Army Sapper School-An Overview

US Army Sappers are experts at building things…and BLOWING THEM UP!  Sapper comes from the French word, “Sapeur” a Soldier who digs saps (tunnels).  Yes, you will blow stuff up but Sapper School is not just about demo…or about performing as a sapper, which is a combat engineer who supports front-line Infantry.  It is all about becoming a leader and about learning and excelling under tough conditions.  Here is an overview of the US Army Sapper School…

You won’t eat, you won’t eat…you will, however, study land navigation, mountaineering, demolitions and enemy weaponry and practice rappelling and jumping into water from helicopters.  You will become an expert of knots and ruck a lot over intense terrain.  You’ll work harder than you’ve ever worked and finish with an intense FTX that combines battle drills and specialized techniques learned during the course.  And of course…you’ll hone leadership skills.

The first 14 days, or Phase I, cover general subjects including medical, land navigation, demolitions, air and water operations, mountaineering, land mines and weapons used by enemy forces.  The remaining 14 days, Phase II, cover basic patrolling techniques and battle drills that emphasize leadership.  Subjects include urban operations, breaching, patrol organization and movement, recon, raid and ambush tactics.  The course concludes with a continuous 8-day FTX.  These missions are a mix of engineer and Infantry mission with each training events graded and scored.

To graduate and wear the Sapper Tab, a sapper must earn 700 out of 1000 points.  60% of the candidates pass the course, but only 40% earn enough points to wear the tab!

The Sapper Course is open to Soldiers E-4 and above and Officers O-3 and below.  Candidates can be from any combat or combat support branch, but priority is given to engineering, Cavalry and Infantry Soldiers.  The course is hosted at Fort Leonardwood, Missouri.

Here’s a great video about Sapper School that you might enjoy.

If you’ve ever attended Sapper School, I would love to hear from you.  Leave a comment to share your experiences.

chuck holmes

Chuck Holmes
Former Army Major (resigned)

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4 thoughts on “Army Sapper School-An Overview”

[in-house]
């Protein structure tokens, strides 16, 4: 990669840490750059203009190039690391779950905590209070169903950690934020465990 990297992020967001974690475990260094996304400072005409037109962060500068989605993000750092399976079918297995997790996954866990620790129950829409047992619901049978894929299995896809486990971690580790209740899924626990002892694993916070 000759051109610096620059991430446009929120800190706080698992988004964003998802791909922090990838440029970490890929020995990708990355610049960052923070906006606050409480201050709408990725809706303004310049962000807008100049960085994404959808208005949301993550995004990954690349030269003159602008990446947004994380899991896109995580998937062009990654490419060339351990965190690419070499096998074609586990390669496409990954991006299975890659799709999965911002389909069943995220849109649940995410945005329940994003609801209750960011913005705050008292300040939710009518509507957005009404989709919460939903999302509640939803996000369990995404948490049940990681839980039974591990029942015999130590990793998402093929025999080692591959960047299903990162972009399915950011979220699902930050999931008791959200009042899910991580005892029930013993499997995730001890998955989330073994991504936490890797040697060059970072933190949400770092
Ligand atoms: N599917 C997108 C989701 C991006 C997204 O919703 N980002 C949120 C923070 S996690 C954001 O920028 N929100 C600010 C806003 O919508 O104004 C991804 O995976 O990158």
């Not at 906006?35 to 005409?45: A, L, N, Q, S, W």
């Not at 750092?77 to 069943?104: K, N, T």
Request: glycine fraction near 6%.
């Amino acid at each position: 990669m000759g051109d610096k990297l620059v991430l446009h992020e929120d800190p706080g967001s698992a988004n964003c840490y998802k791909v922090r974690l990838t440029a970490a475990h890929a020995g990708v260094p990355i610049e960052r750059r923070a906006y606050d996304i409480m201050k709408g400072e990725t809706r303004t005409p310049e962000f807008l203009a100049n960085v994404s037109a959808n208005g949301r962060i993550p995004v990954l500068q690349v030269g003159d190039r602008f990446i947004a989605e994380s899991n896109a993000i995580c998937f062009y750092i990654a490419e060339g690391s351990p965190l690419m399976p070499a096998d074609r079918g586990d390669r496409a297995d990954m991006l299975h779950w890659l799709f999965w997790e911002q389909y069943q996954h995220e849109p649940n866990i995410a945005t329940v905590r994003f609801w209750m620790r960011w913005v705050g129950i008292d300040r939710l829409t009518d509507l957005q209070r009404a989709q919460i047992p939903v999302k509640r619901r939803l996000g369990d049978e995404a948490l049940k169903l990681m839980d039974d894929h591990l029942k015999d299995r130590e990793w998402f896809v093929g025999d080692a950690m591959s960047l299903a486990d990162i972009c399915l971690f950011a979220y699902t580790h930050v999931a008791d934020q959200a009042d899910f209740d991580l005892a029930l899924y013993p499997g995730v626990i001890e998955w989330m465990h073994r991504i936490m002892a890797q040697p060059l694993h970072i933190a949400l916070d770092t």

1. I like that the course has somewhat “transitioned” and is more of a combat arms course that is broad in scope rather than just a course focused on conventional SAPPER skills such as demolitions. This course is all about leadership and, in my opinion, all about teaching leaders how to get things done…no matter what the resources, conditions or situation you are in. A valuable for all leaders in all branches.

  2. Faith A. Coleman

    This sounds like hell while you’re in the midst of it, but feels so good when you stop that you’re glad that you were pushed beyond what you thought you were capable of. I’ve never been in a battle zone but have seen some movies with such intense, horrifying bloodshed and destruction, like the Deer Hunter, that left me shaken. I think how benign that is compared to the actual battlefield and how very, very much the soldiers suffer, the terror, the exhaustion, the hunger, the brink of insanity. No wonder PTSD is so prevelant; how could any soldier not be affected in such a way that it’s always with them, disturbing every bit of their lives.

    1. From what I’ve read, and heard from other Soldiers, SAPPER school is pretty tough, but very good. I’ve found that anything worth accomplishing is tough and by natural selection some people will fizzle out and fail. That’s a good thing as I see it.

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